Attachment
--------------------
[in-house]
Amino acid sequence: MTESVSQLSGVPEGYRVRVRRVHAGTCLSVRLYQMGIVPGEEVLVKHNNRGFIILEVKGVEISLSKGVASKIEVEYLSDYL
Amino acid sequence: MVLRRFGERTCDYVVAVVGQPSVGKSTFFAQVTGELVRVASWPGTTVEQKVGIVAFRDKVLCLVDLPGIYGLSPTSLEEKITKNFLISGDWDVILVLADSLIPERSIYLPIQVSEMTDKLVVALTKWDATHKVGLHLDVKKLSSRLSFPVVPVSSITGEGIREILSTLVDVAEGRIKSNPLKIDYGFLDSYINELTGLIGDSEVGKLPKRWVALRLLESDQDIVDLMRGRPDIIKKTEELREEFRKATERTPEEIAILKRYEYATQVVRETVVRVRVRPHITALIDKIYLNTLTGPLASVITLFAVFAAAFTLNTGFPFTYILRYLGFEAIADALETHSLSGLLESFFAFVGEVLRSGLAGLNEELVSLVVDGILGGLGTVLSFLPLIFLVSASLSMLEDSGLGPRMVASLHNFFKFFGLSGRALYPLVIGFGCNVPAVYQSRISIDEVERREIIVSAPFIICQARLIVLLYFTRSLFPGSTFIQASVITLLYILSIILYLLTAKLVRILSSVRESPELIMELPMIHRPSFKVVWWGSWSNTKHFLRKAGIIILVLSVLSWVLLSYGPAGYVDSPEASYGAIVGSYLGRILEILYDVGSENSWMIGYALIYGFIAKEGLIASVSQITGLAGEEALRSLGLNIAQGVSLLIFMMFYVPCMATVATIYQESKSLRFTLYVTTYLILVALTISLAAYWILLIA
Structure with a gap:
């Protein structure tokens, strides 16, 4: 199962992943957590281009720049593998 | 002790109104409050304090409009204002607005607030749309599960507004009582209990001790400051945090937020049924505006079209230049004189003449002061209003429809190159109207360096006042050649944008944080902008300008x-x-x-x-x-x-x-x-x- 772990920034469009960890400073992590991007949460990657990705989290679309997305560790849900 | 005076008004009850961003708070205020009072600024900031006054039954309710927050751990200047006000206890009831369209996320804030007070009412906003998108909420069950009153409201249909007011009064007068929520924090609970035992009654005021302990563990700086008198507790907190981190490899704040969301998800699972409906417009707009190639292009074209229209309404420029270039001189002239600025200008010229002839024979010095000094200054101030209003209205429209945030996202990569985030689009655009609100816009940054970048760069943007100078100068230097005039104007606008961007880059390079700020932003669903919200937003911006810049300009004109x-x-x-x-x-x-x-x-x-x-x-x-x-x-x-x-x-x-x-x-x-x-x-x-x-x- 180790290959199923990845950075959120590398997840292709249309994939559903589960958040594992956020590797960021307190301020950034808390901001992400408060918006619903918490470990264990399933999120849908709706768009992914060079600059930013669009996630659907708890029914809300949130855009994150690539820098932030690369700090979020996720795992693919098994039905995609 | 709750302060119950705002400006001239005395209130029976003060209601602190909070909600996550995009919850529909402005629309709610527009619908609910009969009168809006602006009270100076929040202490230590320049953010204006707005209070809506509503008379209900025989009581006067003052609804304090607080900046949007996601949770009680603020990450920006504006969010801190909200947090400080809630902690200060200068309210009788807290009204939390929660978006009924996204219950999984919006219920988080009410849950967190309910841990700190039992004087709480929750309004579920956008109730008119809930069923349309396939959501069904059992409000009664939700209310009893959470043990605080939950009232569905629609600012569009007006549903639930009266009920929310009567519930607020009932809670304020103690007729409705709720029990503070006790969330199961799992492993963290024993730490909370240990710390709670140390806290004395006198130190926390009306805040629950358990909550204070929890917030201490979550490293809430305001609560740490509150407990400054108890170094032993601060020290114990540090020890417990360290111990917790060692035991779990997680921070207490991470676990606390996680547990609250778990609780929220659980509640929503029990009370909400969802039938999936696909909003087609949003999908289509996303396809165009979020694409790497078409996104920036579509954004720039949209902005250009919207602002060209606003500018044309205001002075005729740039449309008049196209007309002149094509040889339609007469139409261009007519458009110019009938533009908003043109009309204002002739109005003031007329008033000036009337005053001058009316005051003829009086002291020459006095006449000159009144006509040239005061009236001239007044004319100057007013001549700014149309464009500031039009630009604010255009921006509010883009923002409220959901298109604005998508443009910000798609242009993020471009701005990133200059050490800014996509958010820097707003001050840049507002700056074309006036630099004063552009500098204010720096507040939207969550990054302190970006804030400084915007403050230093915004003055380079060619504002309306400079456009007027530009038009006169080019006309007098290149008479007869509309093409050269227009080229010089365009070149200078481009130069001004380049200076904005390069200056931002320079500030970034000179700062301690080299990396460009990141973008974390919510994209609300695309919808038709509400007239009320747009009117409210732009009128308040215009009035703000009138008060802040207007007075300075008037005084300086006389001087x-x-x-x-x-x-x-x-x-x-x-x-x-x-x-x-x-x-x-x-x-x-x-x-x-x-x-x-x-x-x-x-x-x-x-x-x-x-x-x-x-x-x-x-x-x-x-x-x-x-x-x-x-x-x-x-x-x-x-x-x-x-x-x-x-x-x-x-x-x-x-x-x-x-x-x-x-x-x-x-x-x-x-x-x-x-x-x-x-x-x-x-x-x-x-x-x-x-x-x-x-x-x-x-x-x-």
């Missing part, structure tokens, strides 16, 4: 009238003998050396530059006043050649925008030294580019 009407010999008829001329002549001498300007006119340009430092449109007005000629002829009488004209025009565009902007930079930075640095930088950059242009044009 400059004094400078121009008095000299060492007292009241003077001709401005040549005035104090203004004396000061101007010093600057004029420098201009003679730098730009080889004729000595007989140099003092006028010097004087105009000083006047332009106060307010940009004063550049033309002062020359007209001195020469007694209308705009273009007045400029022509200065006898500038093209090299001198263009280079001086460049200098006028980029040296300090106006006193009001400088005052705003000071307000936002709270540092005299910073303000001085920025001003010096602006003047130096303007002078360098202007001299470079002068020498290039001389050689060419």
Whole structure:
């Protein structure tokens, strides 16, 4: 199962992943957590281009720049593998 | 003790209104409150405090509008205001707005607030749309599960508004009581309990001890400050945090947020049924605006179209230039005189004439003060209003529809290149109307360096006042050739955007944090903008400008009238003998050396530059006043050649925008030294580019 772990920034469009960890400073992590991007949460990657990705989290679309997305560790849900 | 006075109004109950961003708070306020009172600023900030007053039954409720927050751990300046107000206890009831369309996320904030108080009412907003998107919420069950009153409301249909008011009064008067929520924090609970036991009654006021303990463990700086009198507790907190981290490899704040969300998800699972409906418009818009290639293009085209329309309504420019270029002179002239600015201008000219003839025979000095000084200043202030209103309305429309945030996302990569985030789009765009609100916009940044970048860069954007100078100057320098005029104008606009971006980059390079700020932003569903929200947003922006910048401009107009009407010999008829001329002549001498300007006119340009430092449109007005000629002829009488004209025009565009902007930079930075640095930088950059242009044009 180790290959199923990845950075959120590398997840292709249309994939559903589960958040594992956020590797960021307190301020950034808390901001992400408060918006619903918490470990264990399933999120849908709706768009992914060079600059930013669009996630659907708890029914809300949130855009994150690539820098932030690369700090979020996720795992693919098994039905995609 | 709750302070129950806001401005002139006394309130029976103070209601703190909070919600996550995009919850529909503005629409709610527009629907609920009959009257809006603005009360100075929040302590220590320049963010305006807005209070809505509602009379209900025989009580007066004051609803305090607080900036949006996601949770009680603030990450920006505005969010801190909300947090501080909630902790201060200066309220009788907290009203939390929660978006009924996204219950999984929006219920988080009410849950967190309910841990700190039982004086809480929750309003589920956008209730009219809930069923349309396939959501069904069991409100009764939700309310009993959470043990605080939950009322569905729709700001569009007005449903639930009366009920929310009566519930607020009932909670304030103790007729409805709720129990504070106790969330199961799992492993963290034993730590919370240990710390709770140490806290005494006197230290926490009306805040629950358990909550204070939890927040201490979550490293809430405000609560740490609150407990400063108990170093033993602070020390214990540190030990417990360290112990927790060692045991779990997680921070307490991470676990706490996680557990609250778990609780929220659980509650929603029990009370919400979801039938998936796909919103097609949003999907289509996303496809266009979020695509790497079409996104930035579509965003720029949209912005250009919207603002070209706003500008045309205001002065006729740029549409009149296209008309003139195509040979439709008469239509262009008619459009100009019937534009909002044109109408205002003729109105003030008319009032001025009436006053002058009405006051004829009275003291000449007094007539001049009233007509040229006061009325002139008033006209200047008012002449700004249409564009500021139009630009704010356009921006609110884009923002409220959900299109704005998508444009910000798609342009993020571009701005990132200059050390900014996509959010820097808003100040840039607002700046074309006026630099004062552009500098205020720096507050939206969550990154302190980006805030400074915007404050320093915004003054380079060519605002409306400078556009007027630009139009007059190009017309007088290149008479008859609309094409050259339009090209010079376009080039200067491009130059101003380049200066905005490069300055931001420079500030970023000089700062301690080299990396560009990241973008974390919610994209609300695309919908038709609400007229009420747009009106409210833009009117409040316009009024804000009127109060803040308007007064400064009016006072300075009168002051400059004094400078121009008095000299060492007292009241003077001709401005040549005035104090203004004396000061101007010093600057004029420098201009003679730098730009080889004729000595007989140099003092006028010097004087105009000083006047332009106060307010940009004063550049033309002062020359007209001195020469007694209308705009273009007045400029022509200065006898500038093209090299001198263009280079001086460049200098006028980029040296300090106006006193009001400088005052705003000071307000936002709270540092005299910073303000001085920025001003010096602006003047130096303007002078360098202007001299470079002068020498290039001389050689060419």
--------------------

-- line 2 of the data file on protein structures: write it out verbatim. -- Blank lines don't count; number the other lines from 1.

Amino acid sequence: MTESVSQLSGVPEGYRVRVRRVHAGTCLSVRLYQMGIVPGEEVLVKHNNRGFIILEVKGVEISLSKGVASKIEVEYLSDYL